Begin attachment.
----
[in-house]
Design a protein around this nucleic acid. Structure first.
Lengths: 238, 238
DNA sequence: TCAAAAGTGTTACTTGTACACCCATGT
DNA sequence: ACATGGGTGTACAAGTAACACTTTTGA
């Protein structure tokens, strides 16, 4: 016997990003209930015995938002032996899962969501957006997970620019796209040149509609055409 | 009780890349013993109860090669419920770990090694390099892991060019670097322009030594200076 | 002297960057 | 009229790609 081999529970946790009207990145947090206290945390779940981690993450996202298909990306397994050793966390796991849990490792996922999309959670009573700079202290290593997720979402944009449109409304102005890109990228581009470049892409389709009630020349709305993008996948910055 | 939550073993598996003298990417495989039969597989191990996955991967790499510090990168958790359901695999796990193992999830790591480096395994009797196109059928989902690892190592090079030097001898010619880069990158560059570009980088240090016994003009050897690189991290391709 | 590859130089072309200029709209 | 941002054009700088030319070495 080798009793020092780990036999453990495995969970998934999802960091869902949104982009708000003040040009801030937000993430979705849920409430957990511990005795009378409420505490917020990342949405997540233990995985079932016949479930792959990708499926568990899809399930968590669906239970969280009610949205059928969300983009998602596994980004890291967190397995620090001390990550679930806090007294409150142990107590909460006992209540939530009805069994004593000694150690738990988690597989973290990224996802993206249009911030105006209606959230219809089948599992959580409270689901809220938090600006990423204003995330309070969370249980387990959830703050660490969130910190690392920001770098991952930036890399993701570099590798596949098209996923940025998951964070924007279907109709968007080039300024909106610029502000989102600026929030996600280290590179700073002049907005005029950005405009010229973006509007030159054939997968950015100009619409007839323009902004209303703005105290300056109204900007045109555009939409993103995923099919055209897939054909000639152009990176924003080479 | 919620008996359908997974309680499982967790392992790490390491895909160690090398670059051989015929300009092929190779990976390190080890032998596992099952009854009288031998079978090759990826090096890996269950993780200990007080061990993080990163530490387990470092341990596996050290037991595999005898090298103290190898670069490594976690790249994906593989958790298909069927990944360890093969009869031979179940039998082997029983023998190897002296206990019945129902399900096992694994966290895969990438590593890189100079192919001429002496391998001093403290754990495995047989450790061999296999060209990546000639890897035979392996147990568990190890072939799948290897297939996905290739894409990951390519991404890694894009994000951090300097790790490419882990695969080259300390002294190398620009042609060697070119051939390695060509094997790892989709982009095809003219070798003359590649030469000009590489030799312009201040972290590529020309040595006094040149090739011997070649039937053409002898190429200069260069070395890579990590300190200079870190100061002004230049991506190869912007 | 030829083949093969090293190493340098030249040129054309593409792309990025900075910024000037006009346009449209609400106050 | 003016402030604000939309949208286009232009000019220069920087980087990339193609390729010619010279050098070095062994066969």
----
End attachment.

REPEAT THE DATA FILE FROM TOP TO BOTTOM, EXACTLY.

[in-house]
Design a protein around this nucleic acid. Structure first.
Lengths: 238, 238
DNA sequence: TCAAAAGTGTTACTTGTACACCCATGT
DNA sequence: ACATGGGTGTACAAGTAACACTTTTGA
């Protein structure tokens, strides 16, 4: 016997990003209930015995938002032996899962969501957006997970620019796209040149509609055409 | 009780890349013993109860090669419920770990090694390099892991060019670097322009030594200076 | 002297960057 | 009229790609 081999529970946790009207990145947090206290945390779940981690993450996202298909990306397994050793966390796991849990490792996922999309959670009573700079202290290593997720979402944009449109409304102005890109990228581009470049892409389709009630020349709305993008996948910055 | 939550073993598996003298990417495989039969597989191990996955991967790499510090990168958790359901695999796990193992999830790591480096395994009797196109059928989902690892190592090079030097001898010619880069990158560059570009980088240090016994003009050897690189991290391709 | 590859130089072309200029709209 | 941002054009700088030319070495 080798009793020092780990036999453990495995969970998934999802960091869902949104982009708000003040040009801030937000993430979705849920409430957990511990005795009378409420505490917020990342949405997540233990995985079932016949479930792959990708499926568990899809399930968590669906239970969280009610949205059928969300983009998602596994980004890291967190397995620090001390990550679930806090007294409150142990107590909460006992209540939530009805069994004593000694150690738990988690597989973290990224996802993206249009911030105006209606959230219809089948599992959580409270689901809220938090600006990423204003995330309070969370249980387990959830703050660490969130910190690392920001770098991952930036890399993701570099590798596949098209996923940025998951964070924007279907109709968007080039300024909106610029502000989102600026929030996600280290590179700073002049907005005029950005405009010229973006509007030159054939997968950015100009619409007839323009902004209303703005105290300056109204900007045109555009939409993103995923099919055209897939054909000639152009990176924003080479 | 919620008996359908997974309680499982967790392992790490390491895909160690090398670059051989015929300009092929190779990976390190080890032998596992099952009854009288031998079978090759990826090096890996269950993780200990007080061990993080990163530490387990470092341990596996050290037991595999005898090298103290190898670069490594976690790249994906593989958790298909069927990944360890093969009869031979179940039998082997029983023998190897002296206990019945129902399900096992694994966290895969990438590593890189100079192919001429002496391998001093403290754990495995047989450790061999296999060209990546000639890897035979392996147990568990190890072939799948290897297939996905290739894409990951390519991404890694894009994000951090300097790790490419882990695969080259300390002294190398620009042609060697070119051939390695060509094997790892989709982009095809003219070798003359590649030469000009590489030799312009201040972290590529020309040595006094040149090739011997070649039937053409002898190429200069260069070395890579990590300190200079870190100061002004230049991506190869912007 | 030829083949093969090293190493340098030249040129054309593409792309990025900075910024000037006009346009449209609400106050 | 003016402030604000939309949208286009232009000019220069920087980087990339193609390729010619010279050098070095062994066969």